(Reuters) - Here are details of some of the rebellions, protests and rallies against authoritarian leaders in the Middle East and North Africa.
* LIBYA: Libyan leader Muammar Gaddafi will stay in the country “until the end” to lead it to victory against its enemies, a government spokesman said on Thursday, a day after former Foreign Secretary Moussa Koussa defected and flew to Britain.
— Libyan rebels retreated from the superior firepower and tactics of Muammar Gaddafi’s troops on Wednesday, highlighting their weakness without Western air strikes to tip the scales in their favor.
— The rapid reverse comes just two days after the rebels raced westwards along the all-important coastal road in hot pursuit of the government army, whose tanks and artillery were demolished in five days of aerial bombardment in the town of Ajdabiyah. On March 26, rebels won back the strategic town.
— A conference of 40 governments and international bodies agreed in London on March 29 to press on with the NATO-led aerial bombardment of Libya’s forces until Gaddafi complied with the U.N. resolution to end violence against civilians.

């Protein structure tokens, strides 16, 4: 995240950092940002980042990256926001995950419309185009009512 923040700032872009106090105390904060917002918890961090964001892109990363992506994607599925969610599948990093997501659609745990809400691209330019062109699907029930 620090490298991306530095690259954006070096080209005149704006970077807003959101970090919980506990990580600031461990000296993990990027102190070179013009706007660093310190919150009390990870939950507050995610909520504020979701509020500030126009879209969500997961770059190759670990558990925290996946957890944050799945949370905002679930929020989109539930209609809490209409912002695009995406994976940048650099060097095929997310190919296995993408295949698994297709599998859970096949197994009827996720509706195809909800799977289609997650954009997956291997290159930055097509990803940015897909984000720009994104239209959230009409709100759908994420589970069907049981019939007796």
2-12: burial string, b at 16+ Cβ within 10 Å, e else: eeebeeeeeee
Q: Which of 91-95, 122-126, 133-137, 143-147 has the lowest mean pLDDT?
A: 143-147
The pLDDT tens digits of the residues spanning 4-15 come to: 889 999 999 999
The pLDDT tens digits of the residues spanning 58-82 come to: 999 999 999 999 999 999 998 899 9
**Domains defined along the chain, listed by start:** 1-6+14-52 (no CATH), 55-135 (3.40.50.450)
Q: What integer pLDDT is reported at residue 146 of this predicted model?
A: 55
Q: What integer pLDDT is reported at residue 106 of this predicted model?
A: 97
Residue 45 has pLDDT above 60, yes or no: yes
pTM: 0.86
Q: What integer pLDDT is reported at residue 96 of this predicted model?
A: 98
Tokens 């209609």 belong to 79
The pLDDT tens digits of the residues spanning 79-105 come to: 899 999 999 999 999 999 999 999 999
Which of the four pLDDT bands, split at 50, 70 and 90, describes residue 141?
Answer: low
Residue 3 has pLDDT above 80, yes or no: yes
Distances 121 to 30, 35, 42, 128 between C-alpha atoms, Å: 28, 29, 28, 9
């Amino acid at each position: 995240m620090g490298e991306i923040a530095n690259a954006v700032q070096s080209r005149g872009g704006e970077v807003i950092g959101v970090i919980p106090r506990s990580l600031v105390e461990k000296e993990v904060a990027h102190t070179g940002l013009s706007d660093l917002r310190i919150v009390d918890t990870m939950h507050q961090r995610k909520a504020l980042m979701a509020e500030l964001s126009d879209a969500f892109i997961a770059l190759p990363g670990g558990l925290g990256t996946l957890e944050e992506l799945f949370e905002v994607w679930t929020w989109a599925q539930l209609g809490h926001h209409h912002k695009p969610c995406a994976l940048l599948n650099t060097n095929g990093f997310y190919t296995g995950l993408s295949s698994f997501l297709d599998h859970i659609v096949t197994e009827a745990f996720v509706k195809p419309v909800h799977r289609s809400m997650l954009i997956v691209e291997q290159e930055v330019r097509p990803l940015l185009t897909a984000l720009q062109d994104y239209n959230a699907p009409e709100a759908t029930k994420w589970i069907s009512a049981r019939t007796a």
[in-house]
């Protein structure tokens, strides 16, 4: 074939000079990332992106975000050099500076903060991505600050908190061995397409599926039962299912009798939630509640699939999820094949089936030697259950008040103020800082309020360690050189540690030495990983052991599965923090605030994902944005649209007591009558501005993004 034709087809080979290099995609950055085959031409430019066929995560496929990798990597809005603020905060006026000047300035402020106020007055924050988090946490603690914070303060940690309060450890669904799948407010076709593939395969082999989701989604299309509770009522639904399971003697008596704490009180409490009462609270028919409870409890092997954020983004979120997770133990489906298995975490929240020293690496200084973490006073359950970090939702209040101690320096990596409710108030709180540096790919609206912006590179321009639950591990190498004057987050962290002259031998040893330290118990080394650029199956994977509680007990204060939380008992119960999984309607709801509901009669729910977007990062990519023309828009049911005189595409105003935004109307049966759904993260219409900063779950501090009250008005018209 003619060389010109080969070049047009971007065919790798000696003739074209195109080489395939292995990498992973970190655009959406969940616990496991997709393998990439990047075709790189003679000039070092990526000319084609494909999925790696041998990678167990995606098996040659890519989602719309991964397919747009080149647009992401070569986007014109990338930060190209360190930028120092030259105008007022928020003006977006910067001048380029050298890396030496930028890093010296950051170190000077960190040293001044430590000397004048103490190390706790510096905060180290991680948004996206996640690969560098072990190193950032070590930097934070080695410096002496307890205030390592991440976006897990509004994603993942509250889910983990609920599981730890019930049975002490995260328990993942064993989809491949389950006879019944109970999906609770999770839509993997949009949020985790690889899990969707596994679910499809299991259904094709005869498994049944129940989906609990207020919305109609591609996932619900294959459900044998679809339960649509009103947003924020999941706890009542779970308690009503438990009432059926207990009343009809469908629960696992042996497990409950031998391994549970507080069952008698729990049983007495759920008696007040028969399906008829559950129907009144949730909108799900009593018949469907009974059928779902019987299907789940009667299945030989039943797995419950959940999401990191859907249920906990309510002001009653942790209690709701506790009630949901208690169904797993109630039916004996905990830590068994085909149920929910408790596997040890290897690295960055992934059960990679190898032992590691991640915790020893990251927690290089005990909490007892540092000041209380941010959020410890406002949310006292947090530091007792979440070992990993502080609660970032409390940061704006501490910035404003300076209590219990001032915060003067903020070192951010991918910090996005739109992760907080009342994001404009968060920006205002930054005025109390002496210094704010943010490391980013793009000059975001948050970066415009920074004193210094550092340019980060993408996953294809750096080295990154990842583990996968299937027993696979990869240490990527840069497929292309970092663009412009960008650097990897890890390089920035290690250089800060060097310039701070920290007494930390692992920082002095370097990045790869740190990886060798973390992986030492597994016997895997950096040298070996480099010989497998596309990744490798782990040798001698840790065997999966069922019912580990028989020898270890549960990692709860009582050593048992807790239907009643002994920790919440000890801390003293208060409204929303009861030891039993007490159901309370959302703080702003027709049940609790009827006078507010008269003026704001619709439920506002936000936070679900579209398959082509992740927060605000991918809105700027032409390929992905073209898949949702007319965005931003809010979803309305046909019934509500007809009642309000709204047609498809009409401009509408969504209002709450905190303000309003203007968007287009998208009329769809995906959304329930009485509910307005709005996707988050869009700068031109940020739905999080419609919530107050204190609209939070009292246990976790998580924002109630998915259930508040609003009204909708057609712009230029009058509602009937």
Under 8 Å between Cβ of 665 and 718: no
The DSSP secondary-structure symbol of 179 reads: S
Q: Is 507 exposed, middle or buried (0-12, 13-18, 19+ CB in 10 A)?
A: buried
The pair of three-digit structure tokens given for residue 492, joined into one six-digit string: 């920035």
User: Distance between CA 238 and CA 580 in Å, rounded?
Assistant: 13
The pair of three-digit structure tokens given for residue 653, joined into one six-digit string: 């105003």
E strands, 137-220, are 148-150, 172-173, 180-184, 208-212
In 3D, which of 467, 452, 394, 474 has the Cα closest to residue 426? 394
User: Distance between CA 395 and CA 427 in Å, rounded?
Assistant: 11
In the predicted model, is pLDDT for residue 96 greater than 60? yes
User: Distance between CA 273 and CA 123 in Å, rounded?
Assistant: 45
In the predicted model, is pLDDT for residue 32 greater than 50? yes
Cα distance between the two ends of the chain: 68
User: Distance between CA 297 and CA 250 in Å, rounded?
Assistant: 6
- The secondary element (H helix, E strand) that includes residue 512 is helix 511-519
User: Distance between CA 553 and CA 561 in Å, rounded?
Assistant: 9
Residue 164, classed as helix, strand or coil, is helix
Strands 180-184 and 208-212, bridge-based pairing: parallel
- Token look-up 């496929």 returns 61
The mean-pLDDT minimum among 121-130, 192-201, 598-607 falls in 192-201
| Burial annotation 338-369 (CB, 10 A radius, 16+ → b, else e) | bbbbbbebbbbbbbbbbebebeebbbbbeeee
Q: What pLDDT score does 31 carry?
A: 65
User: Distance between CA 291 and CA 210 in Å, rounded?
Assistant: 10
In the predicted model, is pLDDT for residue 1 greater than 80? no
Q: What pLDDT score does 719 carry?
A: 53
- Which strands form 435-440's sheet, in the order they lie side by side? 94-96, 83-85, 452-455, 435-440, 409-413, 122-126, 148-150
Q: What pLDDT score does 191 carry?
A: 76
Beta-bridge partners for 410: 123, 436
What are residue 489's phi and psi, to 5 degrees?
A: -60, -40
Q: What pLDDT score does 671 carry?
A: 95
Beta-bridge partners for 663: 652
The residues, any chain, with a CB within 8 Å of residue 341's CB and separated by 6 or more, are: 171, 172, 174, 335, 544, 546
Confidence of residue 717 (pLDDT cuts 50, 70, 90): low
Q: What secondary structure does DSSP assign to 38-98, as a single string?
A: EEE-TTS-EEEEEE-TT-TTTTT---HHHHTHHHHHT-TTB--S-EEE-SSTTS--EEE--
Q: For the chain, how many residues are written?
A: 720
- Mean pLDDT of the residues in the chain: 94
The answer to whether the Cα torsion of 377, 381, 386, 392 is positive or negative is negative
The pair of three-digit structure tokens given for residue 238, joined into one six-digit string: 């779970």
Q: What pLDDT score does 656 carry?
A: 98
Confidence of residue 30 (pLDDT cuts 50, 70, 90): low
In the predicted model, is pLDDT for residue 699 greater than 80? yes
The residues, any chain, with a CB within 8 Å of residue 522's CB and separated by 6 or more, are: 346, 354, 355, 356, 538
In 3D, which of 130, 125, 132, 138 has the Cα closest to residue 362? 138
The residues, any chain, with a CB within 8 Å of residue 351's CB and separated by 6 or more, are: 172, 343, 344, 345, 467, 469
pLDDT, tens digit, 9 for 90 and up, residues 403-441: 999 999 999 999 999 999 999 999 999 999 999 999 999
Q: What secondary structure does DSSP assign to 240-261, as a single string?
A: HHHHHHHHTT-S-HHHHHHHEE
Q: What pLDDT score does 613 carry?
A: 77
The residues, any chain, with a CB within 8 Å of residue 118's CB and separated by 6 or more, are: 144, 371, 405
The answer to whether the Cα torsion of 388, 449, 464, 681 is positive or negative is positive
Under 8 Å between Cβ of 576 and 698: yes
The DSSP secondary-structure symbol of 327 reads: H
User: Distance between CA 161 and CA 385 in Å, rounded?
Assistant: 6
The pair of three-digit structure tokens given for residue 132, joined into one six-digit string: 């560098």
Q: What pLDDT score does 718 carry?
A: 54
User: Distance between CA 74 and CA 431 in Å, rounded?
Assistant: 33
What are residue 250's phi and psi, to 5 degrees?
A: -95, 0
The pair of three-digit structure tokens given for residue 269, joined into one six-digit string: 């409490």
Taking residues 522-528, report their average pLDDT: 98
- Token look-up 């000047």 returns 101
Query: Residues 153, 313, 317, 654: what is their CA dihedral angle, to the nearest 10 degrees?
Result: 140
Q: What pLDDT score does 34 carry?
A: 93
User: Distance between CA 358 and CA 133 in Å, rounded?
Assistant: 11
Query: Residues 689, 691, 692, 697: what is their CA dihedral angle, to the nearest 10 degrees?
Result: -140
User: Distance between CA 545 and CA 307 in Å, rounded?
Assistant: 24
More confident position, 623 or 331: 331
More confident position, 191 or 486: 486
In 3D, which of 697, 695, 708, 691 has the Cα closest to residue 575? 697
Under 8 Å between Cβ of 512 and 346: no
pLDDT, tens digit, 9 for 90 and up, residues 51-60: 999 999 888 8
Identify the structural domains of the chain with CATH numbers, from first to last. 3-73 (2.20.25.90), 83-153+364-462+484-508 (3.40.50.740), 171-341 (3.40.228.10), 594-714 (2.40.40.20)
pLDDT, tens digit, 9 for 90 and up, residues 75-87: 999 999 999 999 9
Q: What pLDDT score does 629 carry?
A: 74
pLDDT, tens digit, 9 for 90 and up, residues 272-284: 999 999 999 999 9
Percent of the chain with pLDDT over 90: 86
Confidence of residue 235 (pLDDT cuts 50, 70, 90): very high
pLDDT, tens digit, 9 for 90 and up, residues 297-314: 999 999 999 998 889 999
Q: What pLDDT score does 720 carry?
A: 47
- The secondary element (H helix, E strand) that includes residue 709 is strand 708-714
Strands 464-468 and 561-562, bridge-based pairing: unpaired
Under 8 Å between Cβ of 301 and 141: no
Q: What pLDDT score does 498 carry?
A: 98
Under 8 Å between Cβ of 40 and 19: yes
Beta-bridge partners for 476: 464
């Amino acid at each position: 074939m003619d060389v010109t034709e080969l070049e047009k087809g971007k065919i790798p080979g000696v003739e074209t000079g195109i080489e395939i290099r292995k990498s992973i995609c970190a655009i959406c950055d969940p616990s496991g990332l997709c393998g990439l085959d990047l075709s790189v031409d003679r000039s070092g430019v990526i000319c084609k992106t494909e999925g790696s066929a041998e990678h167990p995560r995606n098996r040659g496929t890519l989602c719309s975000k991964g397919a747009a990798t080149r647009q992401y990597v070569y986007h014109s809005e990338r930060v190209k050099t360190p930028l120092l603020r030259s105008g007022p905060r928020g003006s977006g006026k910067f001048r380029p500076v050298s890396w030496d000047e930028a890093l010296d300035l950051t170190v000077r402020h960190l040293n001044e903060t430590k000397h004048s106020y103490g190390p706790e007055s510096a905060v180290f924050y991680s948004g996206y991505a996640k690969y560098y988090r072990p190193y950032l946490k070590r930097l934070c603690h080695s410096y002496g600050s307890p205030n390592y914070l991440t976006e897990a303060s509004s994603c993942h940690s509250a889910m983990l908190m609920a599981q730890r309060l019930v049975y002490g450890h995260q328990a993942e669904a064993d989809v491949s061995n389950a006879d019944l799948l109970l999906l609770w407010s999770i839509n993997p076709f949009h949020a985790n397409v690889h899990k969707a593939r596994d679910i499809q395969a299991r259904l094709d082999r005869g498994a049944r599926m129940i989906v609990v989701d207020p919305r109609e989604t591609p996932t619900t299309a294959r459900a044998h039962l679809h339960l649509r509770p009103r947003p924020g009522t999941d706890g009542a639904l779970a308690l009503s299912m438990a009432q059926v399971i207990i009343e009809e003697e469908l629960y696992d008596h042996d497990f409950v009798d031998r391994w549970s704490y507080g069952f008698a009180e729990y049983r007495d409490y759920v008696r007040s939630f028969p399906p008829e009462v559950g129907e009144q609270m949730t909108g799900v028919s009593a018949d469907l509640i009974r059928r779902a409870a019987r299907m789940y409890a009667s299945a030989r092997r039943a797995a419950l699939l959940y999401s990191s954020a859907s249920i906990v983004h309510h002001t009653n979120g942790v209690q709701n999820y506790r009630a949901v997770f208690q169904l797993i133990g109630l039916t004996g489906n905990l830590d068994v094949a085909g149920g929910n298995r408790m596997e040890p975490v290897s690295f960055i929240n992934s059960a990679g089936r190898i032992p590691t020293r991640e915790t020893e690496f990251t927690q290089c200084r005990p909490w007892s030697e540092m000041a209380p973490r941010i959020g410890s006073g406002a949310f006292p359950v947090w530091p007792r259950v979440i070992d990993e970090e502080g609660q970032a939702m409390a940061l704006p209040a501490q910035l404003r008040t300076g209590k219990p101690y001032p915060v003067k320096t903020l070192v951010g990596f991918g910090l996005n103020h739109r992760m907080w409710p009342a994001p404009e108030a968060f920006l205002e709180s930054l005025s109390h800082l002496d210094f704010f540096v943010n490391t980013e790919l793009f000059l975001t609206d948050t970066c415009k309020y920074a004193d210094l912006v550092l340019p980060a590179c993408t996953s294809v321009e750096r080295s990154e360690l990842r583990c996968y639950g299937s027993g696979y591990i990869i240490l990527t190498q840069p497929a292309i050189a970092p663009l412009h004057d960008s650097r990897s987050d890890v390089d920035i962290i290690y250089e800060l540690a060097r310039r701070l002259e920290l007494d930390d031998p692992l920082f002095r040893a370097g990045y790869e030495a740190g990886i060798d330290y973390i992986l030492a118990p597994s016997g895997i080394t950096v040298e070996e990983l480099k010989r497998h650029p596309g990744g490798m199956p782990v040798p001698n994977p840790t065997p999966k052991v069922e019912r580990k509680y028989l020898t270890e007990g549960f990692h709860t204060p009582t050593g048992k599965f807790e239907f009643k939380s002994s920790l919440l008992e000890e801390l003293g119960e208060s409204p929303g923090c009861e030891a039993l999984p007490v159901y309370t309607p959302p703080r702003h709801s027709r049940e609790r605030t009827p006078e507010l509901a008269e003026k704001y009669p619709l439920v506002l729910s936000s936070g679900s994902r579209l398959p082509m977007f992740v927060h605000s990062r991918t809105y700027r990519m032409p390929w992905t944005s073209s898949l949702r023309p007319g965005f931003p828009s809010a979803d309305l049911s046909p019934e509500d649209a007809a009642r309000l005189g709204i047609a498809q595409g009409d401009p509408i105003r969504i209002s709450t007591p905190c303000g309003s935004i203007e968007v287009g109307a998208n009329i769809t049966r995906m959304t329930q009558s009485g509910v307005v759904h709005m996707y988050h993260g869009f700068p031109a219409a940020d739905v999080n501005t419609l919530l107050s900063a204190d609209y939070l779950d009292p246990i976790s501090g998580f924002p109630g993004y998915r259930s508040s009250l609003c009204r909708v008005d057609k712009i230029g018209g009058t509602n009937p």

— It also set up a contact group to coordinate international support for a transition to democracy in Libya. — Libya has been in a political vacuum since the uprising began in mid February with initial protests in Benghazi.
* SYRIA - Syrian President Bashar al-Assad, facing a wave of demonstrations for greater freedoms, set up a committee to look into replacing the emergency law with a new anti-terrorism law.
— Assad spoke in public on Wednesday for the first time in nearly two weeks of protests in which more than 60 people have been killed. On March 29 thousands of Syrians joined government-organized rallies across the country. Assad said a minority of people had tried to “spark chaos” in the southern city of Deraa, center of recent protests, but that they would be thwarted by the majority.
— Syria has been under emergency law since the Baath Party took power in 1963 and banned all opposition.
— On March 17 human rights group Amnesty International condemned a violent crackdown by Syrian security forces against a peaceful protest held in Damascus by people calling for the release of political prisoners.
* YEMEN: — Yemenis on Thursday commemorated protesters killed in weeks of street protests demanding President Ali Abdullah Saleh resign, as efforts continued to negotiate his exit from power within the next year.